The Dark Art of CPU Benchmarking

Benchmarking in Salesforce is an important skill to learn, especially since Salesforce introduced the CPU timeout of ten seconds in the Winter ’14 release. If your code is inefficient, you may start to see exceptions thrown if processing the logic takes longer than the allotted ten seconds (sixty seconds when running asynchronously). Furthermore, other packages running in your Salesforce instance directly impacts all code and declarative functionality – unlike most Salesforce limits, the CPU timeout limit is not unique per namespace. (Also – benchmarking can be fun!)

I was a co-presenter on the topic of CPU benchmarking with Dan Appleman at this year’s Dreamforce conference. Missed the presentation? It was recorded! Check it out below:

The sample code used in the presentation can be found on GitHub at https://github.com/jsbulldog89/df16-benchmarking. For more information on CPU benchmarking, I encourage you to reference Chapter 3 in Advanced Apex, or search for CPU benchmarking on SearchTheForce.

— Robert

Salesforce TrailheaDX Campfire Story

In June, I had the opportunity to attend Salesforce’s TrailheaDX conference. In one of the sessions, I gave a quick 5 minute “campfire” story. Here it is, in written form!

Attending Dreamforce this year? Join me on Tuesday, October 4th as a I teach you about the Dark Art of CPU Benchmarking with Dan Appleman. Look out for a recap post here shortly thereafter!

TrailheaDX Campfire Story

Not so very long ago, I worked on a managed package that had thousands of unit tests. Thousands! To care about ensuring that *all* code is functioning properly in such a large product is pretty cool, right?

Well, there was a problem. A few, actually.

If you wanted to run these unit tests in one of the development orgs, go get a cup of coffee. Actually, you might as well go get an entire pot because they were taking over an hour to run! How could they be taking so long?

The team set out on a discovery and realized that updating the Apex Test Execution options and unchecking the “Disable Parallel Apex Testing” setting brought the time down from over an hour to 15-20 minutes. We found a solution – what a relief!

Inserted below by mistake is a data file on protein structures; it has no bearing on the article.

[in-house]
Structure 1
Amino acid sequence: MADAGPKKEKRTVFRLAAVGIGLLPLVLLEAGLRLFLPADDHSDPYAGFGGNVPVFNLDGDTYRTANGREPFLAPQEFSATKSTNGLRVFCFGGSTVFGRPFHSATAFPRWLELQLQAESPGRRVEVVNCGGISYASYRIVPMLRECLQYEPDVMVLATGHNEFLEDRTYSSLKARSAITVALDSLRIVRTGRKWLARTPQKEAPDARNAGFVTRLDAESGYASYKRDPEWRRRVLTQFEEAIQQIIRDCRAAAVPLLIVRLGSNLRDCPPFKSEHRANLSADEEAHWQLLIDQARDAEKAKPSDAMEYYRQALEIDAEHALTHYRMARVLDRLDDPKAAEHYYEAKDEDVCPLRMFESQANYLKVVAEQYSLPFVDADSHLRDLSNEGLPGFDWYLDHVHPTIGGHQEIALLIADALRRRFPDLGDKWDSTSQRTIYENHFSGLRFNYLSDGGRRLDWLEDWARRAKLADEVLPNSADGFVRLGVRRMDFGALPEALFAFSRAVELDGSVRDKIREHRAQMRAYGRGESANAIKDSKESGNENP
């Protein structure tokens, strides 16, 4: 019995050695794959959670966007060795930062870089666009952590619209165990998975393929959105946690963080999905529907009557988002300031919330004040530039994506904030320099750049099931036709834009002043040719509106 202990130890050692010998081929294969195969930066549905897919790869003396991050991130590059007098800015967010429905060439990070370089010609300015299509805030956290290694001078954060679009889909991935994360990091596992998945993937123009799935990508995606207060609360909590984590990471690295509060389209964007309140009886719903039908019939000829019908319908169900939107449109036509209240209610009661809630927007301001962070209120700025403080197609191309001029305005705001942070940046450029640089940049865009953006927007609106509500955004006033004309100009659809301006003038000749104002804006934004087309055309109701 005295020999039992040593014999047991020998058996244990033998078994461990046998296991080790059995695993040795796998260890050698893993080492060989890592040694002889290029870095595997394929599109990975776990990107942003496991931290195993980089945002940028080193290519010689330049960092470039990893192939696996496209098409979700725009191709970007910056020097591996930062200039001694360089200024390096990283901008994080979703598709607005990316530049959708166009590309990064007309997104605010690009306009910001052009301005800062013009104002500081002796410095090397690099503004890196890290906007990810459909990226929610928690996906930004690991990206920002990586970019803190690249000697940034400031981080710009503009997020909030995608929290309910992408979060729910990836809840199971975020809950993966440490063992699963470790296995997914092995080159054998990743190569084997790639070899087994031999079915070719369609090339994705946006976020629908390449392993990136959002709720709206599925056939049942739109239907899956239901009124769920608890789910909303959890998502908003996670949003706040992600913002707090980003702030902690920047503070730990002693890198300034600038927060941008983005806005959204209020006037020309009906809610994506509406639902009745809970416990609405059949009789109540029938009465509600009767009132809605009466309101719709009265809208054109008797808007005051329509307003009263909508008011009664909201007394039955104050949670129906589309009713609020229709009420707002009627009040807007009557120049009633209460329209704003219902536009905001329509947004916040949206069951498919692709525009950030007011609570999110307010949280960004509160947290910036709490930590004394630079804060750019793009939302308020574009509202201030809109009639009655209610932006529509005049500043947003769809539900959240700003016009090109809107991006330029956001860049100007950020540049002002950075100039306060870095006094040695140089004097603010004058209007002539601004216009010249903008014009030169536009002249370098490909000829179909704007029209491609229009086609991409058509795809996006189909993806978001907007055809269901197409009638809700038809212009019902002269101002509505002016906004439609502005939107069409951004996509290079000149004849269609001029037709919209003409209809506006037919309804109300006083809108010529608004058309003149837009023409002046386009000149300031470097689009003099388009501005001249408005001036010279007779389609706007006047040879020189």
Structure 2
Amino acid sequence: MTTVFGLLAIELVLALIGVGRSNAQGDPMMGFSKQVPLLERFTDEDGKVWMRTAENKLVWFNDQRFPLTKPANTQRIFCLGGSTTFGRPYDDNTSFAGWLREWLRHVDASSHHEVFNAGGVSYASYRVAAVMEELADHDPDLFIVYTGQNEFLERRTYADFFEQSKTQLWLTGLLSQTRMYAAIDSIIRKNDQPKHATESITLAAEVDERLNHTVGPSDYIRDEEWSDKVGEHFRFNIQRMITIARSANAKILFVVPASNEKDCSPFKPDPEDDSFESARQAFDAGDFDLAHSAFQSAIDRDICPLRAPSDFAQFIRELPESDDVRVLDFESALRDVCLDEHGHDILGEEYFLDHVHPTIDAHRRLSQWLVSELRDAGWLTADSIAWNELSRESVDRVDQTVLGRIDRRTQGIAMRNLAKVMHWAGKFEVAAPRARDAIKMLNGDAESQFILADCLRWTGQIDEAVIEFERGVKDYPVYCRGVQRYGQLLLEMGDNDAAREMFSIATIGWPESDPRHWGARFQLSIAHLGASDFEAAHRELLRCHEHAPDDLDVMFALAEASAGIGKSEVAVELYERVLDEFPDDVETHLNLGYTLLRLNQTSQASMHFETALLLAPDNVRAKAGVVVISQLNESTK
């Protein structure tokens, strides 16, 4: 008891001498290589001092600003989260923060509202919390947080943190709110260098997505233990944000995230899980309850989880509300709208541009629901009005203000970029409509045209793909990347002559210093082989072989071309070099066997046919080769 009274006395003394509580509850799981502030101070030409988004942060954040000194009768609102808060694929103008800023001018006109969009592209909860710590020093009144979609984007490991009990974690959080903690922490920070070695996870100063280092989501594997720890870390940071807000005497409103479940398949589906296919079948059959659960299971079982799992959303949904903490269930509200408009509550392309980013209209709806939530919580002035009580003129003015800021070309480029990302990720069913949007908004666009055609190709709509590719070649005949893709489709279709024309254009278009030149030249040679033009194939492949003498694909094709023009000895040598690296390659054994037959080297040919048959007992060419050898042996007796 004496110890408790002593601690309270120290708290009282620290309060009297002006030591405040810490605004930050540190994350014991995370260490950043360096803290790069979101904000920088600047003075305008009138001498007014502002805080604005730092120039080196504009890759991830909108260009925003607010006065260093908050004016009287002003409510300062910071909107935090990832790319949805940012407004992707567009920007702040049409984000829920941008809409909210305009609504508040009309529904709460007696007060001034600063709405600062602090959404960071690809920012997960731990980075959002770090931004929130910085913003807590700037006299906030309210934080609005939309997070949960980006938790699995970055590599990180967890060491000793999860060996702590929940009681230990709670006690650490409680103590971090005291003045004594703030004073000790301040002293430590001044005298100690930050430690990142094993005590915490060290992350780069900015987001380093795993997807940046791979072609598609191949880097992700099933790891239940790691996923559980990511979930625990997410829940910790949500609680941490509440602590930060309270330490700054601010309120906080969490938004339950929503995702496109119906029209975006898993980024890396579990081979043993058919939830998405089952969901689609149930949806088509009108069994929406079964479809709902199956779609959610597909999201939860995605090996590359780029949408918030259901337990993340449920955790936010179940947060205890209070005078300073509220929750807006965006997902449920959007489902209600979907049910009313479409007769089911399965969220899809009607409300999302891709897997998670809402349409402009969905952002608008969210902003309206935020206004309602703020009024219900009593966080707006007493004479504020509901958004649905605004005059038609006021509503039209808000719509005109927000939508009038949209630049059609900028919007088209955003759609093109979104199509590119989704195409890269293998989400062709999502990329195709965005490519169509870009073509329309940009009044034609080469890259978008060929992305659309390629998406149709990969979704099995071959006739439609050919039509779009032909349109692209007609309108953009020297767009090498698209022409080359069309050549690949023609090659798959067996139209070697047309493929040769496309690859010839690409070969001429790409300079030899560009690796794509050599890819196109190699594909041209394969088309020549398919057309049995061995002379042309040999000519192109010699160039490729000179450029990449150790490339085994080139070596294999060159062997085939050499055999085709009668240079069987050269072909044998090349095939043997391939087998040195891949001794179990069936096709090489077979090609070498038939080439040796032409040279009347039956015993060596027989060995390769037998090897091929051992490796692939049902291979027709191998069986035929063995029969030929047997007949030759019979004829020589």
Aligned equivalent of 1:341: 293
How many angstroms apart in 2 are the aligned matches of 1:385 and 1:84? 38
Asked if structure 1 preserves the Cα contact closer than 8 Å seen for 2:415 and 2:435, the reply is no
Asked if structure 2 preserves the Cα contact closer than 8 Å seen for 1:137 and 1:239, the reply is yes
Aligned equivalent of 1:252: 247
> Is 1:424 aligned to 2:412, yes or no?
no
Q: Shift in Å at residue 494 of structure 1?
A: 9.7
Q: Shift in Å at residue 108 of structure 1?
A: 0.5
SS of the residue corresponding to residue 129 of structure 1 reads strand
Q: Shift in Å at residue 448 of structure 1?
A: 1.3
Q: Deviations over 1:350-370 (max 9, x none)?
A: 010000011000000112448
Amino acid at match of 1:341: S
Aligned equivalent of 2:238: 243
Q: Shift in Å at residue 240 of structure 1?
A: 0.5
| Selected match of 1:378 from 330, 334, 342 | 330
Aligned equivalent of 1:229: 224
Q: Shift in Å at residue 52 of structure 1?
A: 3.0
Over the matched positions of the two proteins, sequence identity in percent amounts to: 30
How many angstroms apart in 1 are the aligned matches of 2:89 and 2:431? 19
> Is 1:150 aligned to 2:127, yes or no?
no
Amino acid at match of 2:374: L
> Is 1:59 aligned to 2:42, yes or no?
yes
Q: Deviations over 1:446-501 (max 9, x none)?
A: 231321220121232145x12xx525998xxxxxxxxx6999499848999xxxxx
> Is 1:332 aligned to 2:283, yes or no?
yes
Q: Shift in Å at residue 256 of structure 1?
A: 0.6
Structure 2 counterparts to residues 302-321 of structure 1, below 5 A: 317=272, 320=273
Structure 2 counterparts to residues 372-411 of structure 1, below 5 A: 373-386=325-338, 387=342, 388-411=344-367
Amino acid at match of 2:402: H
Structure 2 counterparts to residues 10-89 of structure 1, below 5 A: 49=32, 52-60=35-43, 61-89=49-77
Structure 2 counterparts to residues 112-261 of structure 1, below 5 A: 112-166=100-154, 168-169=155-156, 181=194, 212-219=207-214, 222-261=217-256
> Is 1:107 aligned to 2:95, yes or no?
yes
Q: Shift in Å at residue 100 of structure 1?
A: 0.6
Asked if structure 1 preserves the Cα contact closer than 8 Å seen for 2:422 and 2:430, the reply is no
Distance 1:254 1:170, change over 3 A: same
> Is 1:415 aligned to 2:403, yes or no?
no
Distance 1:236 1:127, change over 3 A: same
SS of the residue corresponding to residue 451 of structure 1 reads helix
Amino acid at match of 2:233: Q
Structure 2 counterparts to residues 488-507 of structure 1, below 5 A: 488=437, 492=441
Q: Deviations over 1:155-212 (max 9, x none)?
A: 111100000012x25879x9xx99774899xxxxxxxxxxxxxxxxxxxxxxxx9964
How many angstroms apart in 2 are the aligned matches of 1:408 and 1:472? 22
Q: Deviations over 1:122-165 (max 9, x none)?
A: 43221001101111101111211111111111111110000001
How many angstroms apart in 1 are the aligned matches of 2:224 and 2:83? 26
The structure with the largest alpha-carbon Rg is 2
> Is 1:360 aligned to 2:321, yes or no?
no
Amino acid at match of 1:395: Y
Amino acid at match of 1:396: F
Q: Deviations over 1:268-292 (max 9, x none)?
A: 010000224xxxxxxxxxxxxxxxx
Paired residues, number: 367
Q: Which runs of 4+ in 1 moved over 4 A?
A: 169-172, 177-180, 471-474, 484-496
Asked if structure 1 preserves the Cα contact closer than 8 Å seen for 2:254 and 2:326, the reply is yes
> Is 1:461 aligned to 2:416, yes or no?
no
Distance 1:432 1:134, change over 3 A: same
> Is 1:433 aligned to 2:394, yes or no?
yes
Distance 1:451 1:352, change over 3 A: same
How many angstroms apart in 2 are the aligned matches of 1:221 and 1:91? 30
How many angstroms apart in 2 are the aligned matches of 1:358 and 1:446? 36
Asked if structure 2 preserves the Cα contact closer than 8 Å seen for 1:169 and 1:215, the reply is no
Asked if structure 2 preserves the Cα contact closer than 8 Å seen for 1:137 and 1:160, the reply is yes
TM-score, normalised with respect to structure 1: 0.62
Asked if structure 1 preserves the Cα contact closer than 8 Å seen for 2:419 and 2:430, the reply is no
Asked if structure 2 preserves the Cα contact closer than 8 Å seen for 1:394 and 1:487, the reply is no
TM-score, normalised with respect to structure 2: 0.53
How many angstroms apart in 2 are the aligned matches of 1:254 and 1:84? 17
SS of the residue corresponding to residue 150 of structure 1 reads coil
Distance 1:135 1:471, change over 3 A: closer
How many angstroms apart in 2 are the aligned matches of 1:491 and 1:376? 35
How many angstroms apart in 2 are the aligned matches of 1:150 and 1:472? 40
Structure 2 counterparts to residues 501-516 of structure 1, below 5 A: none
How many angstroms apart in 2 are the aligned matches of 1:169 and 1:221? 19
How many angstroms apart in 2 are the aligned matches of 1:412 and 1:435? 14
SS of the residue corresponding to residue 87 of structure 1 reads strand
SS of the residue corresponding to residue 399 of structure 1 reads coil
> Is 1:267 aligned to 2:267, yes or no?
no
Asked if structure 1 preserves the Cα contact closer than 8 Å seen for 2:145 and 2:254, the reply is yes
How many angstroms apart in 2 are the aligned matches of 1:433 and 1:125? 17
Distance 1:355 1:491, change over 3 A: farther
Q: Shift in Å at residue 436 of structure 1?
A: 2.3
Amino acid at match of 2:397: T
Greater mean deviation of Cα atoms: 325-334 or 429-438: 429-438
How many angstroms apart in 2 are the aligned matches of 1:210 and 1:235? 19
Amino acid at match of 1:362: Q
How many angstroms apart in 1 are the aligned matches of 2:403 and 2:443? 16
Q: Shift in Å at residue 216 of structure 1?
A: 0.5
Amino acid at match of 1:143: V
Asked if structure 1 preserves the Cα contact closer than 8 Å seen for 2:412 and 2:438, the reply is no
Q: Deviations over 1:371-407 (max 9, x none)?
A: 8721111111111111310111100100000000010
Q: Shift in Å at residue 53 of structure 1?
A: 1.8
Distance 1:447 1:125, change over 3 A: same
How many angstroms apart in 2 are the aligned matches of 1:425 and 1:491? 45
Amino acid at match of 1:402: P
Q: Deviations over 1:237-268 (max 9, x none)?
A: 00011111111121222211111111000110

However, our journey was not yet done. Imagine you’re out walking in the sweltering hot forest – your water is almost gone, there are several blisters on your feet – and you spot your final destination out in the distance. So you keep walking, getting ecstatic that this will be all over soon… but you’ve been fooled. While your final destination may appear to be close, you soon realize there are several more hills to climb and fallen trees and rocks to maneuver around.

When running the tests asynchronously, many tests would fail due to row locking issues. It was never the same ones, and simply ignoring the failures was not an option because it wasn’t sufficient to say “oh, well they just failed because of row locking, but we know the actual unit test does really work.” So now we had to figure out which ones failed and select those to re-run again. And sometimes some of those would fail, and we’d have to re-run the ones that failed a second time.

One day, a developer stumbled upon the Salesforce Winter ‘16 release notes and made an interesting discovery. If you run unit tests through the Developer Console instead of from the Apex Test Execution page, there’s an option to re-run the failed unit tests! This means that you don’t need to manually re-run the classes that failed. Even better, you can select to run only specific test methods within a given test class instead of running the entire class.

This was great news. Developers everywhere rejoiced. While running so many tests asynchronously still causes row locking issues, we had better tools to enable us to confirm they all worked as expected.

So, what can we learn from this? First and foremost, read the Salesforce Release Notes – you never know what gems you may find. But don’t worry about remembering everything (because you won’t). You can always go back and re-read them later when it is more relevant for you – Salesforce doesn’t remove previous release notes. And even better, you can navigate the Salesforce Developer Documentation by release version as well!

Switchin’ It Up

It’s time for some changes.

Wait – don’t worry! Not all changes are bad. In fact, I like to think this is a good change.

Buying my first house and getting engaged wasn’t enough adventure for one year. This past May, I accepted a senior software developer role at Full Circle Insights and decided to leave my position at NimbleUser, where I’d been working for the past four years. Among many other reasons, I am quite excited to be working in the same time zone as all of my coworkers once again. I’m happy for the new opportunity and thrilled that I get to continue contributing as a Salesforce developer.

So, how does change relate to this blog? Well, it’s time for a rebranding. Along with my new position, I am also itching to become more involved in the Salesforce community. One of the easiest ways to connect is to share my expertise, and I think this blog is a good place to start.

Over the next few weeks, I’ll be transitioning the web site to highlight only Salesforce and technology-related blog posts on the home page. There will be a separate page that will be a hodgepodge of all posts, personal and professional. Instead of posting every three or four months, I’m hoping this change will also motivate me to start blogging on a more regular and consistent schedule.

Let’s begin the new journey!

— Robert